For Stu, fishing has always been a family affair. He grew up fishing with his mom and stepdad, Dena and Al, and his brother Nathan on the El Tiburon. “We’re a family operation through and through. I’ve been active in the operation since I was about 10,” said Stu. Like nearly every young fisherman, though, Stu initially did everything he could to not fish as a profession. “I wasn’t sure what I wanted to do when I grew up—maybe play ball—but I was certain I didn’t want to fish,” he chuckled.

Stu with his brother and stepdad
Stu and his brother Nathan, with their stepdad, Al, posing next to some tangled halibut gear they affectionately nicknamed, "The Snarl." Stu loves reminiscing about these family trips: "They were the highlight of my summers."

Twenty years ago, at 25, Stu bought his family’s operation from his stepdad, Al, and he’s been captain of the El Tiburon ever since. The biggest project he’s ever undertaken was cutting the boat in half and adding another eight feet of deck space for him and his crew to work. Like most small-boat fishermen in our coastal communities, family has remained by his side the whole time. He continues to occasionally bring his cousins, nephews, and, of course, his brother, Nathan, onboard the El Tib to deckhand. Now his kids, Kayaani, Rawl, and Olen are becoming the third generation of fishermen in their family. “They’re loving it now, but they’ll probably try to get out of it someday like me. One of them will come back, I’m sure,” laughed Stu.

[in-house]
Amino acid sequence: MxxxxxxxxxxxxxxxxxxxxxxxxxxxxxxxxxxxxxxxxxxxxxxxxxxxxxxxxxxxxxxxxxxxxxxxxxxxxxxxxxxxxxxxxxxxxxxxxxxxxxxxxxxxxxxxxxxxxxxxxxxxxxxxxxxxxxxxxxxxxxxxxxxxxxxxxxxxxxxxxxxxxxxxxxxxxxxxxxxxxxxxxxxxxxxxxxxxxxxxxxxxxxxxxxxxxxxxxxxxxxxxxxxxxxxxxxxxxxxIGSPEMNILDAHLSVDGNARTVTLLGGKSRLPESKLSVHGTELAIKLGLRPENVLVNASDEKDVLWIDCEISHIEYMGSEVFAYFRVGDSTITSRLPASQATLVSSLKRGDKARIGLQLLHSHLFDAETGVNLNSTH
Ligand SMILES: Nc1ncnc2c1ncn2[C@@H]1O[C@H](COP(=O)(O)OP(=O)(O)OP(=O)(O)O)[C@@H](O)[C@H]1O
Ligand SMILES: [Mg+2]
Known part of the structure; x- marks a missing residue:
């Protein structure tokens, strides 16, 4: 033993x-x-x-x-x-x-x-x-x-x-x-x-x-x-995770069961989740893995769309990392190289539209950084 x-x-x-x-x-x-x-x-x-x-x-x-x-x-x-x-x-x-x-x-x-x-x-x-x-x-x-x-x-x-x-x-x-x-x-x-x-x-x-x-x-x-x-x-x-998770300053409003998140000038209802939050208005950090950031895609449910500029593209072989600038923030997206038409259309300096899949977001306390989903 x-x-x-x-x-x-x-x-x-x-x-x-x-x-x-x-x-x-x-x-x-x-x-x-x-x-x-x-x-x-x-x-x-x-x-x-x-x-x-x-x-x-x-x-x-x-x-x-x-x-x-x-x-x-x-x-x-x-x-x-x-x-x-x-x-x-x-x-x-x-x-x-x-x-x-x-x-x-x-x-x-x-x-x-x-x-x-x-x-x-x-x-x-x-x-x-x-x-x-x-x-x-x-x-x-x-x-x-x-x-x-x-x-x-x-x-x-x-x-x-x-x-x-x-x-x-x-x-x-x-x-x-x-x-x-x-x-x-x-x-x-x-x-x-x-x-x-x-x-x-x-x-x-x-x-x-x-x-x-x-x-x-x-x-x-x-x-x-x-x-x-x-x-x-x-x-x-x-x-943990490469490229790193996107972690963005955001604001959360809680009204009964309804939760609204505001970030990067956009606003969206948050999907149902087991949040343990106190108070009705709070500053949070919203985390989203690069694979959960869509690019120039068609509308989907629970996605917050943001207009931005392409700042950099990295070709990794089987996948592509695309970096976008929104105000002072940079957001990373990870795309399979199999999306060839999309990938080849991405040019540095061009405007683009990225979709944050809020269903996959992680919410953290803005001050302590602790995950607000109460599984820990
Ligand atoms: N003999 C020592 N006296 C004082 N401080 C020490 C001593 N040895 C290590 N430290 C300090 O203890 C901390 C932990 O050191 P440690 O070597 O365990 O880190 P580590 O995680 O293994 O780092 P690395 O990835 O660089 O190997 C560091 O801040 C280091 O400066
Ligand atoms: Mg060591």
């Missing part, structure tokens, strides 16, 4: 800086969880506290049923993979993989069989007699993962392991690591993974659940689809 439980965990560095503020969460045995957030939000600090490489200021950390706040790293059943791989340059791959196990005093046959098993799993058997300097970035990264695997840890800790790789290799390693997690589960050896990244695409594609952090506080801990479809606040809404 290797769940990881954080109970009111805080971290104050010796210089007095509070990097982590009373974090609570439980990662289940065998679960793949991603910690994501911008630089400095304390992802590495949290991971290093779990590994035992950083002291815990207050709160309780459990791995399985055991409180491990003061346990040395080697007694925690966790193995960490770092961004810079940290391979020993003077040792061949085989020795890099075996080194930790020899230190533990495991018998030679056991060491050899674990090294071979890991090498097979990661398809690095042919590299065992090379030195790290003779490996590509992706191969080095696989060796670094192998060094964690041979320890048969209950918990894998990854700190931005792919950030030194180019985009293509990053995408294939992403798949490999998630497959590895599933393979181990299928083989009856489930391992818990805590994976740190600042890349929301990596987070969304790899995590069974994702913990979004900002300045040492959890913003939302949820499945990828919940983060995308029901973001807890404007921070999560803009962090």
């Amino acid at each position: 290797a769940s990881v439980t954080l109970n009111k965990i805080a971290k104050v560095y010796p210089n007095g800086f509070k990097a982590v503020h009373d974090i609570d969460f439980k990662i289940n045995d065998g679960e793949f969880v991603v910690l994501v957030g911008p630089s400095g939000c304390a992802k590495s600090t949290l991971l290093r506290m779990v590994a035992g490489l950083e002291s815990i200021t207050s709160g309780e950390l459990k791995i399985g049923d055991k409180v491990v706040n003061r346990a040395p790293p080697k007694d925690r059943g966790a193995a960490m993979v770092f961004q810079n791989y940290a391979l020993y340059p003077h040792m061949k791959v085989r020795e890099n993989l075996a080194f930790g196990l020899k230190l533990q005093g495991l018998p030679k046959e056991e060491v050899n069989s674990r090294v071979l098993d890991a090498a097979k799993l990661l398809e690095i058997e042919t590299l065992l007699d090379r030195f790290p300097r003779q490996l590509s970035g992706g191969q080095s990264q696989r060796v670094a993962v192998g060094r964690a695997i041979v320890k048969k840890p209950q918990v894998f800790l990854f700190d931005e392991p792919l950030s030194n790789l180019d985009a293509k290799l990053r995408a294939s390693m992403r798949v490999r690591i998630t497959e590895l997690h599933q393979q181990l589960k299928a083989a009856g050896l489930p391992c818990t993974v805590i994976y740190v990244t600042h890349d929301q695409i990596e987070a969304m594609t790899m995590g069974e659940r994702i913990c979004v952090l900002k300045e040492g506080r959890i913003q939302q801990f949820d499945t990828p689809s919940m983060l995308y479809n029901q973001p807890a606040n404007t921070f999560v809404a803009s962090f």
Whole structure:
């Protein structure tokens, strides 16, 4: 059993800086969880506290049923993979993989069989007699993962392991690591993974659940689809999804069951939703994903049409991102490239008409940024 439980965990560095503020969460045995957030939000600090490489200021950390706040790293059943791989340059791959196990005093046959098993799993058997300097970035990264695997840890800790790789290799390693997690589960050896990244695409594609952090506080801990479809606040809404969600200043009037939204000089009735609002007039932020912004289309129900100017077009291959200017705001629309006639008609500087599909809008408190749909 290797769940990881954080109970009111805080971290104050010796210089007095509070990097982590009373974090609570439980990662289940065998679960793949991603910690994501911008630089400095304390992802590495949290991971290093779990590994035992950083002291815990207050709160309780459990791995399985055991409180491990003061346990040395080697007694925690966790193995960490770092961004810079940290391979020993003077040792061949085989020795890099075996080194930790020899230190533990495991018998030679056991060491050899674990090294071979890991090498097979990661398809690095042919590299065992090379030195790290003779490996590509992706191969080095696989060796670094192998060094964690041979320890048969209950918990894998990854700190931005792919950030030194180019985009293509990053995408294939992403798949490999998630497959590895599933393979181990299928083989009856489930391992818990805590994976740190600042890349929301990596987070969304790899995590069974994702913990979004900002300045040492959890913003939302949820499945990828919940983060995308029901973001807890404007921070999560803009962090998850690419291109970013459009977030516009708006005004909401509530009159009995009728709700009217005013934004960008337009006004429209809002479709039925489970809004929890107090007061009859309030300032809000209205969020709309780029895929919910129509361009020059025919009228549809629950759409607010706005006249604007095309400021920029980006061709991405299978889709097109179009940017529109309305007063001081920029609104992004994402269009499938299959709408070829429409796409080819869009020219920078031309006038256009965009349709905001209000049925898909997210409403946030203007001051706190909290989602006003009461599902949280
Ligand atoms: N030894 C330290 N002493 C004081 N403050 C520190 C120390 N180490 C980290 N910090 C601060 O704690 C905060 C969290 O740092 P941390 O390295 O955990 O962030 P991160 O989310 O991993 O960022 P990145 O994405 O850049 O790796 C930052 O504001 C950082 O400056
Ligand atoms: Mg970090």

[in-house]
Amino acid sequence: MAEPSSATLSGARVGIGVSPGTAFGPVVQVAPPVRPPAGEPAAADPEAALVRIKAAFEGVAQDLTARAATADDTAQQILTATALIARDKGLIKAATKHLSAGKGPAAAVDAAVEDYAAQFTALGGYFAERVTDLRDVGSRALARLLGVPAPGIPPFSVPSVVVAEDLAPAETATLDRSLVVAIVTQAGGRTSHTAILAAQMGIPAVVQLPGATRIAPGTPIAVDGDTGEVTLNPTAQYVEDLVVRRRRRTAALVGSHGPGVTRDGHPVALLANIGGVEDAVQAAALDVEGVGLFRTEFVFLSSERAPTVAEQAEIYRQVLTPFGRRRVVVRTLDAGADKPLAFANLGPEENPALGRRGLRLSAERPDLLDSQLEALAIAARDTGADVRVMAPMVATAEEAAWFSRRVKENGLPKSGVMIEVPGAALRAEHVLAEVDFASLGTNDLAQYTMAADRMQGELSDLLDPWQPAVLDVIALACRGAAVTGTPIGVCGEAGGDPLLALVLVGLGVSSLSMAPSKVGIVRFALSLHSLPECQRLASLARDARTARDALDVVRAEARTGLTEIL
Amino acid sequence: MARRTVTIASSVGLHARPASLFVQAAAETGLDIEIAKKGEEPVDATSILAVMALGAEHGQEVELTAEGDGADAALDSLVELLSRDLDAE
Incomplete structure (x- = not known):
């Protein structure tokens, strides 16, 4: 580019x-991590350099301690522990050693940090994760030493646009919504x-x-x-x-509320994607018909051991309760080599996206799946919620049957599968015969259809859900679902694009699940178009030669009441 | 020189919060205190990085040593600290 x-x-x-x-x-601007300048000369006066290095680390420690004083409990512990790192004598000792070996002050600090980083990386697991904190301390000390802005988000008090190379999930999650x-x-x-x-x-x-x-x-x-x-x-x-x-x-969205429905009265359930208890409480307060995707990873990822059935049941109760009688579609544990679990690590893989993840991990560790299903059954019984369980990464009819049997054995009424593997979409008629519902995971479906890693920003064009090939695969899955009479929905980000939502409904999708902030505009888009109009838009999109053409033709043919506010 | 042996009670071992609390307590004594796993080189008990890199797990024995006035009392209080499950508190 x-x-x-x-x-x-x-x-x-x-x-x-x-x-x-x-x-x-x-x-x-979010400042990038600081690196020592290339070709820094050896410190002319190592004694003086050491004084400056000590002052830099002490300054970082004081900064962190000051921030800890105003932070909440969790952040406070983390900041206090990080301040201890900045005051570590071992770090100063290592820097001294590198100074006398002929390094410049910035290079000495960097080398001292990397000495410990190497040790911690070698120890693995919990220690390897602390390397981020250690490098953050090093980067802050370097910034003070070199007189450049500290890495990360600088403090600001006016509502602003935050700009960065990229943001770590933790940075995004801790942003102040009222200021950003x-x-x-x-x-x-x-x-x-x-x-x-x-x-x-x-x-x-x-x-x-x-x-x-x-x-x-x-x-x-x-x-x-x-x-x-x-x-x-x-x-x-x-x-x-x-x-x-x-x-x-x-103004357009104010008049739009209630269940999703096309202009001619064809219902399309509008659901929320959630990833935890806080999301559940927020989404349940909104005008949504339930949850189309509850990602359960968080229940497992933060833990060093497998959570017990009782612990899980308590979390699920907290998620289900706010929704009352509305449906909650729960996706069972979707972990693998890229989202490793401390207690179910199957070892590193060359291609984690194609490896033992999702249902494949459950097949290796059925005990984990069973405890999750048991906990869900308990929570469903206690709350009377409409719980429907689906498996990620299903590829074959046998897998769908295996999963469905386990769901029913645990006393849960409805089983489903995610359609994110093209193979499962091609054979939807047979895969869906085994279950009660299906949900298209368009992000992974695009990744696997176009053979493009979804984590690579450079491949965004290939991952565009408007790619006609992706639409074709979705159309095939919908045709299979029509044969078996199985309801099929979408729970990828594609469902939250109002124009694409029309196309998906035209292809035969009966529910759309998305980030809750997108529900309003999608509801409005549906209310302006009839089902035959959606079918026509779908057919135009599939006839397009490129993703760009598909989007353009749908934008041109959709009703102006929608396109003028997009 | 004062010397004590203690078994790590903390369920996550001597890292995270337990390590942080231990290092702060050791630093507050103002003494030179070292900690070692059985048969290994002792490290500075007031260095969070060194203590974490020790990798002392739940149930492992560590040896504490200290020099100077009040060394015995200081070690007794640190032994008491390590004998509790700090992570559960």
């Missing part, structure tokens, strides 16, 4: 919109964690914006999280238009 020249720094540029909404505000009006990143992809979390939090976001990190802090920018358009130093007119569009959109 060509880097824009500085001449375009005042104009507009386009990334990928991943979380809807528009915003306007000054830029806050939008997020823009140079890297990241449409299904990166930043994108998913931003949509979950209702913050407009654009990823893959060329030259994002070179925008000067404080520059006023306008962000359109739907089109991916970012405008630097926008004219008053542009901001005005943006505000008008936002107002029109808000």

When we asked about his favorite recipe: “My family really likes the two halibut recipes from Captain John Skeele that Sitka Salmon Shares has on its website. We cook those a lot.”

Stu at the helm
Stu, circa 2015, smiles from the helm of his F/V Tiburon.

Cheers, Captain Stu! Thank you for another fantastic season of halibut. You can find Stu’s favorite halibut recipes, John Skeele's Baked Halibut and Fried Halibut.

Pacific Halibut

halibut unload
Sitka Salmon Shares fisherman, Stu Weathers, offloading halibut. Halibut are the largest fish we catch, with some specimens weighing over 100 pounds.

Photo by Kelley Jordan

Hippoglossus stenolepis

Species Info:

  • The largest of all flatfish, halibut have been recorded to weigh over 400 pounds.
  • Most of the ones that we catch are between 35-60 pounds.
  • Halibut are biological anomalies that develop asymmetrical bodies.

How Our Fishermen Catch Them:

  • Longline